Do autofeeders fit?

Posted on September 29, 2011 in Dairy Performance
By Ann Hoskins Automatic calf feeders are popping up on many dairy operations across the Midwest.  The new technology offers plenty of opportunities, but it also requires a refocus on management.  The decision of whether autofeeders fit your calf program needs to be made only after careful consideration of how the opportunities and challenges will play out on your operation. Opportunities

  • Autofeeders provide more nutrition at shorter intervals.  Calves receive more feedings per day, allowing you to capitalize on their early growth potential.
  • Autofeeders allow for more flexibility in labor because you don’t need to be in the barn at the same time every day.  However, that doesn’t mean less labor.  It’s simply a change in labor and management practices.
  • Autofeeders provide consistent mixing with an easy-flowing milk replacer every time.  Vita Plus Calf Precision was designed to work especially well for autofeeders.


  • If you’re not feeding calves every day, you’re missing out on valuable observation time.  This requires you to learn other techniques for watching behavioral patterns and identifying potentially weak calves.
  • Learning the computer system of autofeeders is not an easy process.  You’ll need to learn how they work and how you can use them to your advantage.
  • If switching from hutches, you’ll need to learn how to manage the new facility and factors such as ventilation, bedding, cleaning, etc.
  • Group housing means calves will have nose-to-nose contact with their pen mates.  This calls for increased emphasis on vaccination and disease control programs.

Top questions to ask yourself

  • What do you expect out of your calf program?  How will the autofeeder help you accomplish that goal?
  • What information do you depend on to consistently raise healthy calves?  What kind of a reporting system do you use?  How do you monitor calf performance?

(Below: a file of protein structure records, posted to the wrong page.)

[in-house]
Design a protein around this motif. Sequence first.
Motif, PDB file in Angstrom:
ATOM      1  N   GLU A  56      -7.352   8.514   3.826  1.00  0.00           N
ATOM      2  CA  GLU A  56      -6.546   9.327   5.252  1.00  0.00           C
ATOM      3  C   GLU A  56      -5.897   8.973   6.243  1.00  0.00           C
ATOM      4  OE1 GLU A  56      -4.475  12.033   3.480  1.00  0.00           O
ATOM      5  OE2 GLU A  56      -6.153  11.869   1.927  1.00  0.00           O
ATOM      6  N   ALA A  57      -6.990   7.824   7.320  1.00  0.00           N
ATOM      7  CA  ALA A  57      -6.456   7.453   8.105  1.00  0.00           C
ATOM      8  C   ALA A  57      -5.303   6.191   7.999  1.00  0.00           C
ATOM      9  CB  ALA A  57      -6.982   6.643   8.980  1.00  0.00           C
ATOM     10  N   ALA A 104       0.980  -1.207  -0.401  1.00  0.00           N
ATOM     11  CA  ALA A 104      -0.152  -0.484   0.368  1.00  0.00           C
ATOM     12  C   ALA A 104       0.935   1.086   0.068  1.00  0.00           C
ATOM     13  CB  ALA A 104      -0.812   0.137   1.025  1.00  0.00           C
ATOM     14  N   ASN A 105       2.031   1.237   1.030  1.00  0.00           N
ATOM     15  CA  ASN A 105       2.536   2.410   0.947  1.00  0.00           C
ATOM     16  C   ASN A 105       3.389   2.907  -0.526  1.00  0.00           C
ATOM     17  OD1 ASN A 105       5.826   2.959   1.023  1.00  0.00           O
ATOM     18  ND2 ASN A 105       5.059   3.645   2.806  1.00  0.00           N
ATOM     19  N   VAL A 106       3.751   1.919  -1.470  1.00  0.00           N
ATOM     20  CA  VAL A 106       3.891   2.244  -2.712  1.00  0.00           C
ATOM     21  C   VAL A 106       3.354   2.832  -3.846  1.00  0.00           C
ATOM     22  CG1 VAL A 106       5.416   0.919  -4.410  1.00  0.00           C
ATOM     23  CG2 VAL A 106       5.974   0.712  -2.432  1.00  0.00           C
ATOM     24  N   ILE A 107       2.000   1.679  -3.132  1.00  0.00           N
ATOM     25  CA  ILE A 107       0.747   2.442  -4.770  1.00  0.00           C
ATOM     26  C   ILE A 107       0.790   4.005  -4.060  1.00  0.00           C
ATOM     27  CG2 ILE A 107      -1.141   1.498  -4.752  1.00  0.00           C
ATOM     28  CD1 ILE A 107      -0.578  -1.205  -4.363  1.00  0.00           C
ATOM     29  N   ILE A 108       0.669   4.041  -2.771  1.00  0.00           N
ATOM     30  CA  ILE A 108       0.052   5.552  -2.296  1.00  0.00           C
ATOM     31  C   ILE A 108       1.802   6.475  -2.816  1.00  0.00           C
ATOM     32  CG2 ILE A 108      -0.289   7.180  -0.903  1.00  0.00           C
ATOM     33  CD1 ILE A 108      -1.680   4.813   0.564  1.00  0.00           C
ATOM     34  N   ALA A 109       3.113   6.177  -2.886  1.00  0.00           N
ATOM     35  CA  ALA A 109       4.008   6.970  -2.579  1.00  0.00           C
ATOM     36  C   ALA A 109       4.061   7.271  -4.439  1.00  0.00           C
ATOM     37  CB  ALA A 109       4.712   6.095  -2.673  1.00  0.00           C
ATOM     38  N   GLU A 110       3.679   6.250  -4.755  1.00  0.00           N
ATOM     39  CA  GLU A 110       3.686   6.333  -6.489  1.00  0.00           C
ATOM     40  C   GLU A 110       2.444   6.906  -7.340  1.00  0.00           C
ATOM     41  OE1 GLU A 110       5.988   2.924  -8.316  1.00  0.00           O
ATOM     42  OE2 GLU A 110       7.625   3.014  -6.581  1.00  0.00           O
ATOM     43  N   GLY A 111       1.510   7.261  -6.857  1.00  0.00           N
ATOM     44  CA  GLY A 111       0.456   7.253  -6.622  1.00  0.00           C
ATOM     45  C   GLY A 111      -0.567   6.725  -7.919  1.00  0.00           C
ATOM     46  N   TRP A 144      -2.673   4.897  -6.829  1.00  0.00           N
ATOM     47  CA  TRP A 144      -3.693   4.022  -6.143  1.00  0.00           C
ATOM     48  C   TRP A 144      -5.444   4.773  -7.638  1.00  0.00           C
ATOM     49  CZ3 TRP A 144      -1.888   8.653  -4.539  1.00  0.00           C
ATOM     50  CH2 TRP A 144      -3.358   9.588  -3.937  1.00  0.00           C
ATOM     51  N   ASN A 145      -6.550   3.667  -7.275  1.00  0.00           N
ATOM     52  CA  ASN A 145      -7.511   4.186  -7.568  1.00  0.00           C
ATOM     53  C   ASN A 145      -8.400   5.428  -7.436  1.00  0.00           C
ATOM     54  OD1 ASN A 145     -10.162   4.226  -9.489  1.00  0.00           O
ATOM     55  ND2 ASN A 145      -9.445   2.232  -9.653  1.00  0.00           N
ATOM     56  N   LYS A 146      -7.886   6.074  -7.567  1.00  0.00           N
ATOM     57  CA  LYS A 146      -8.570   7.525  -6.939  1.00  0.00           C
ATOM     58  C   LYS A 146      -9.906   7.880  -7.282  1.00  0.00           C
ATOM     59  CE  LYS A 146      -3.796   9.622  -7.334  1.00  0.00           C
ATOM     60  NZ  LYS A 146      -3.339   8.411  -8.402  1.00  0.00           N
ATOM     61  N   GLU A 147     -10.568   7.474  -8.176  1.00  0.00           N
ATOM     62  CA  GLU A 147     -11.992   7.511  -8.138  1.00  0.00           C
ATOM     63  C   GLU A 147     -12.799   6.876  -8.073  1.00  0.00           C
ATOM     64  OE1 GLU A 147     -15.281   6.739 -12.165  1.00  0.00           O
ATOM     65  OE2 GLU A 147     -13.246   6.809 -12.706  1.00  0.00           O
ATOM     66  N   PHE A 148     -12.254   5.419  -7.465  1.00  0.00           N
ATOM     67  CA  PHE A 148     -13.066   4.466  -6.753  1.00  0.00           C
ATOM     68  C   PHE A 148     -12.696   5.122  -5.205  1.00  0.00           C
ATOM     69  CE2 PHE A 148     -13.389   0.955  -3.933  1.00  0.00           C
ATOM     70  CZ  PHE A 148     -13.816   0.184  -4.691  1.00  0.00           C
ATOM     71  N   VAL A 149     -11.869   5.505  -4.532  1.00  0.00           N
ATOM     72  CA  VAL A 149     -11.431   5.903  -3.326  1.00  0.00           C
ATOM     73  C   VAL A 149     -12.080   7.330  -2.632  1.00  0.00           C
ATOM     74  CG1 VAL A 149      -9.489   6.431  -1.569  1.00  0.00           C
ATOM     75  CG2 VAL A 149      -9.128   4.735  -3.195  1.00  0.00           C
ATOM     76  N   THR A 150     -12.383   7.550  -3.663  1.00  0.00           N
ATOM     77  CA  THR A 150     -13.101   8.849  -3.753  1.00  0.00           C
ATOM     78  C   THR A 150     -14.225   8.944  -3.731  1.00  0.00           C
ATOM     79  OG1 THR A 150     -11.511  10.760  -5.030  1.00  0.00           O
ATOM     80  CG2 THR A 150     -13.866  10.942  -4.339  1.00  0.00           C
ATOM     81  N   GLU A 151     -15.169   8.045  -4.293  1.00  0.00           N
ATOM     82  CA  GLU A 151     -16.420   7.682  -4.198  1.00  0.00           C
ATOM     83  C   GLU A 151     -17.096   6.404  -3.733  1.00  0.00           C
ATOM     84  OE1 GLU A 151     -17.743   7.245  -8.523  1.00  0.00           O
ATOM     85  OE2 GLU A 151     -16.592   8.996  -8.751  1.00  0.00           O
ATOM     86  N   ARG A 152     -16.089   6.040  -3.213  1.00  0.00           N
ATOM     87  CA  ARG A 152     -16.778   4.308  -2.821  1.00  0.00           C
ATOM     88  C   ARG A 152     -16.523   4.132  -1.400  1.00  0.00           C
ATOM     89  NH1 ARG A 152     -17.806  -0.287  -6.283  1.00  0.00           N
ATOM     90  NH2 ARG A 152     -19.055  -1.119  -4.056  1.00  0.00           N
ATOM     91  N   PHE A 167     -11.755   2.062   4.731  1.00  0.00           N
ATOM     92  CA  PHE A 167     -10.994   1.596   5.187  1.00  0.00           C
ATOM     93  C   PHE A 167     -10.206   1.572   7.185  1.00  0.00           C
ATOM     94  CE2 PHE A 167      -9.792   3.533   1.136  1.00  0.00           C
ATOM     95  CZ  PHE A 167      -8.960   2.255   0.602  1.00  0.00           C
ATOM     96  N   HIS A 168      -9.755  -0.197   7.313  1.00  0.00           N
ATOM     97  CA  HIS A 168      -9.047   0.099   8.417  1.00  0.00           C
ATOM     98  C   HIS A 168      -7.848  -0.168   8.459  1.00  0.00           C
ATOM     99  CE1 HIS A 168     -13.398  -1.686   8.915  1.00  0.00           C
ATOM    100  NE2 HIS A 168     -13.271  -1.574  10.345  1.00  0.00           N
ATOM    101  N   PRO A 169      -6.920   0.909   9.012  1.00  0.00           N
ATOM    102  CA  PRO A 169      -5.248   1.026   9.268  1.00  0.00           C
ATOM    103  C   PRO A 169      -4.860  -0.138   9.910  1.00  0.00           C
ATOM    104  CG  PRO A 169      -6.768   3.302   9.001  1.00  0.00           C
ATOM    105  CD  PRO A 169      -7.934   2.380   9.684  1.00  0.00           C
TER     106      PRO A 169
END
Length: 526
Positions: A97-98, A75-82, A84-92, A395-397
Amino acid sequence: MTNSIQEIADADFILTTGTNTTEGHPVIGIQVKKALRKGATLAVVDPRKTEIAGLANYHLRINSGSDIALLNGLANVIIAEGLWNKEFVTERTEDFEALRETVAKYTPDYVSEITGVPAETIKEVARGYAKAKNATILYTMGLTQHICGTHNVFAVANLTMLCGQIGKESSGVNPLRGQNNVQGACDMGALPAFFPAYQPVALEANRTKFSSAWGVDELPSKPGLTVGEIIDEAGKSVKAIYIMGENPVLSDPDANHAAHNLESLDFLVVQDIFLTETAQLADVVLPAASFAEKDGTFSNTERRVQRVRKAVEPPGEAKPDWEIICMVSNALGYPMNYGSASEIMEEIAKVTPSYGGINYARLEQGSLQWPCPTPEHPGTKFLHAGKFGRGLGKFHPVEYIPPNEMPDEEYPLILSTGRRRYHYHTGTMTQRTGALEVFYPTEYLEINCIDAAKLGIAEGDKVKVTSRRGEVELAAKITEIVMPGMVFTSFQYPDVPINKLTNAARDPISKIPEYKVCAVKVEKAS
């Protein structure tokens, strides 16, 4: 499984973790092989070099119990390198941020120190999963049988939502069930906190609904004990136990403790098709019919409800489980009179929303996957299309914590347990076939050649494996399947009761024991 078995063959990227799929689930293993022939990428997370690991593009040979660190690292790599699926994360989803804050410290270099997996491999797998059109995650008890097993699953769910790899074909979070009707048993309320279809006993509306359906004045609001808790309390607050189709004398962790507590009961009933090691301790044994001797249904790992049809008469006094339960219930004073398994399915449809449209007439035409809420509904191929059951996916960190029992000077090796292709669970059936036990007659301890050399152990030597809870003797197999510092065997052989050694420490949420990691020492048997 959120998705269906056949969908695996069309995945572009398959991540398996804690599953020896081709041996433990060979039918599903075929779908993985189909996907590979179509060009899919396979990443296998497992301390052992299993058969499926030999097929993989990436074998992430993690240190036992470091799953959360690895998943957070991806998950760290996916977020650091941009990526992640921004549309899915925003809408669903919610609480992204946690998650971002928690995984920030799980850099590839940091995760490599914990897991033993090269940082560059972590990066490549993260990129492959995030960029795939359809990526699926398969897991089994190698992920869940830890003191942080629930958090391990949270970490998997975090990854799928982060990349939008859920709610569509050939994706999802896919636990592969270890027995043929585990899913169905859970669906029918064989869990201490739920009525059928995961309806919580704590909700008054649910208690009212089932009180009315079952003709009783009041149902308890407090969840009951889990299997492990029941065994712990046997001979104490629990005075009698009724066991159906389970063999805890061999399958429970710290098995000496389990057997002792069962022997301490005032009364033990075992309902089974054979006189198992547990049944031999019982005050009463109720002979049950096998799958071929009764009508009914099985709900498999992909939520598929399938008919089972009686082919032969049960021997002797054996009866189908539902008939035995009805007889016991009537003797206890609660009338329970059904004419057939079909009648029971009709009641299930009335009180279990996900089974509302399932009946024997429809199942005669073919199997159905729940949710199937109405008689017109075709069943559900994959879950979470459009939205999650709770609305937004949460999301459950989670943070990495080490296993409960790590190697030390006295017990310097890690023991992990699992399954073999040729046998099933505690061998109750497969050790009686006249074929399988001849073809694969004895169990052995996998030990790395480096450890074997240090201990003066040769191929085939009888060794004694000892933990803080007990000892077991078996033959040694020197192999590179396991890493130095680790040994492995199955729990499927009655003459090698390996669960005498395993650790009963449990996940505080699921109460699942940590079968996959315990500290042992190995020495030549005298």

• How will you adapt your current nutrition program to fit the autofeeder system?
  • What are your current facilities?  Will you need to renovate or update existing barns or sheds?  Will you need to build new?
  • Do you have enough calves to pay for the investment in a reasonable amount of time?  Will it take too long for the significant investment to prove valuable?
  • What is your calf flow?  How many calves do you have per week?  Per month?  How will that fit in the rotation?  Will you use an all-in-all-out system?  How will you group calves?
  • What is your current labor situation?  How will you train employees on the new system?  Who will you go to as a resource?

Automatic calf feeders can be immensely valuable in well managed calf programs.  With careful consideration and attention to detail, your program can be adapted to take advantage of the new technology.  Just remember to do your research and be honest about your needs and abilities before making the big decision.  Consult with your nutritionist, tour other facilities and make sure the machine you get is the right fit for your operation. Click here for a video discussion of autofeeders from the February 2011 edition of Starting Strong Calf Chat with Ann. Check out these virtual farm tours of dairy operations that take advantage of automatic calf feeders: Virtual Farm Tour:  MDS Dairy (August 2011) Virtual Farm Tour:  Technology on Three Minnesota Dairies (August 2010 – Groetsch Dairy and Hill-View Dairy) Vita Plus Starting Strong is a free, bi-monthly calf care e-newsletter.  Click here to subscribe and receive practical tips and cutting edge research straight to your inbox. About the author:  Ann Hoskins is the Vita Plus calf products manager.  She grew up on a dairy farm in DeForest, Wis., which she says is instrumental to where she is today.  “The lessons and values I gained growing up in this industry has given me the passion to stay involved and continue to learn more every day.”  Hoskins earned her bachelor’s degree from the University of Wisconsin-Madison and has spent that last five years at Vita Plus, working with producers to improve performance and help them reach the goals of their calf operations.

Category: Autofeeders
Calf and heifer nutrition
Dairy Performance
Facility design